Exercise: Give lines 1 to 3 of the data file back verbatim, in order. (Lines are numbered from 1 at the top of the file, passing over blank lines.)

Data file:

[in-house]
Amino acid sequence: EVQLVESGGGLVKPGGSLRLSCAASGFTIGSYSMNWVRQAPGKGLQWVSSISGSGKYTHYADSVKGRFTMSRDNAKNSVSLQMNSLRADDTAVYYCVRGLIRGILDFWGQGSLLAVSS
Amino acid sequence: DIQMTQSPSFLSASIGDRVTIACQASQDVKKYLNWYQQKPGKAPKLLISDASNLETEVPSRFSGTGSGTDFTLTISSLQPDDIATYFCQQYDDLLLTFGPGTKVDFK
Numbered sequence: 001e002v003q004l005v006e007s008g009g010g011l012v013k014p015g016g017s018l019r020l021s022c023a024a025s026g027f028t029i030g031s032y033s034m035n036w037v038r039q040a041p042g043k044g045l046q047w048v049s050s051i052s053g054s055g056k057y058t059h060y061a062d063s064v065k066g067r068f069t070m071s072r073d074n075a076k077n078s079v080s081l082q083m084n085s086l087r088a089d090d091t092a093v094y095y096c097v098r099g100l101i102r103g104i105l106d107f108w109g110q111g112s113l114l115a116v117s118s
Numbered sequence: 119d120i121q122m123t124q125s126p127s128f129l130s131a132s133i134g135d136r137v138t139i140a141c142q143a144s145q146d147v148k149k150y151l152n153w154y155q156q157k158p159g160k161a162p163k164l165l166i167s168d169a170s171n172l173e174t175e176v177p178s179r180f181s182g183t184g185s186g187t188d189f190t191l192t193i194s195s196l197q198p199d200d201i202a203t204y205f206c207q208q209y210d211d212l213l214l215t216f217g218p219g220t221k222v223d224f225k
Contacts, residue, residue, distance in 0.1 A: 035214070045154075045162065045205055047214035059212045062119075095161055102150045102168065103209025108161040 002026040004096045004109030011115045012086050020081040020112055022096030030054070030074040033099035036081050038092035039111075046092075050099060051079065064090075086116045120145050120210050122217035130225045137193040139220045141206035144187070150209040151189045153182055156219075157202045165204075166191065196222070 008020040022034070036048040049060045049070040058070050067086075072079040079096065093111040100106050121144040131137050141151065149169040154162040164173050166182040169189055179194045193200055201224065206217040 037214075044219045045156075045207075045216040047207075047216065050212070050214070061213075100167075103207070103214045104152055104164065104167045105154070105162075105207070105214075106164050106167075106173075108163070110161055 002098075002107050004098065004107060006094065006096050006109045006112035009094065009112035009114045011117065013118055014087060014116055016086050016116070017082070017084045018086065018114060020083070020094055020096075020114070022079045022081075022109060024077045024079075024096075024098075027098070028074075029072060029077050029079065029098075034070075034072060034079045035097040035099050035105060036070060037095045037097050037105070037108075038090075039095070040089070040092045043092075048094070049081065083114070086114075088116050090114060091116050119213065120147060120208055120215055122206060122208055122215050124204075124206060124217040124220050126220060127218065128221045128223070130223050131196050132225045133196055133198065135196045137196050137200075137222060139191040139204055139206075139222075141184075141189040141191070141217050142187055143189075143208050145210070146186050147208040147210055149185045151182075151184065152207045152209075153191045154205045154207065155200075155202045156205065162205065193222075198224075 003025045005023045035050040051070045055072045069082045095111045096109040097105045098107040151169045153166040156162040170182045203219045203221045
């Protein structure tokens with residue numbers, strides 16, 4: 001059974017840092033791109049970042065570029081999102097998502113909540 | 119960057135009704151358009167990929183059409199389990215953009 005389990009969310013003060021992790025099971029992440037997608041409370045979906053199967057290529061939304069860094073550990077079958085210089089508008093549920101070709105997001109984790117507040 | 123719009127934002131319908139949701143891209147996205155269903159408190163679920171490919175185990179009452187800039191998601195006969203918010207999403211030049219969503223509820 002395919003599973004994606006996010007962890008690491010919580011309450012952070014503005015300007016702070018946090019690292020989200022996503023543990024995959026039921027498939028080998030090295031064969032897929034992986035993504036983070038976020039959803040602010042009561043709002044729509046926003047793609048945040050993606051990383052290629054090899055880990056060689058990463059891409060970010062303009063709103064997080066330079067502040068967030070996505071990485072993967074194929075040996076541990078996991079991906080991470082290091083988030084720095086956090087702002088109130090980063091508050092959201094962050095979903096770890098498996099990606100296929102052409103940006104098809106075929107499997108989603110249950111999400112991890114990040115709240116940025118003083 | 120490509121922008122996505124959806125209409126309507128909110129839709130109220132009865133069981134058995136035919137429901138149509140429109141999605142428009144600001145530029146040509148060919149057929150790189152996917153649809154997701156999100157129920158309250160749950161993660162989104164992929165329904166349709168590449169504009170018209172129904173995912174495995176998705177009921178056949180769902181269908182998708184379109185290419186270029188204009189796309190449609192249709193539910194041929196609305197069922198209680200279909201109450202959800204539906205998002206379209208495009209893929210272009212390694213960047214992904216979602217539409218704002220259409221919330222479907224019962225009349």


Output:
[in-house]
Amino acid sequence: EVQLVESGGGLVKPGGSLRLSCAASGFTIGSYSMNWVRQAPGKGLQWVSSISGSGKYTHYADSVKGRFTMSRDNAKNSVSLQMNSLRADDTAVYYCVRGLIRGILDFWGQGSLLAVSS
Amino acid sequence: DIQMTQSPSFLSASIGDRVTIACQASQDVKKYLNWYQQKPGKAPKLLISDASNLETEVPSRFSGTGSGTDFTLTISSLQPDDIATYFCQQYDDLLLTFGPGTKVDFK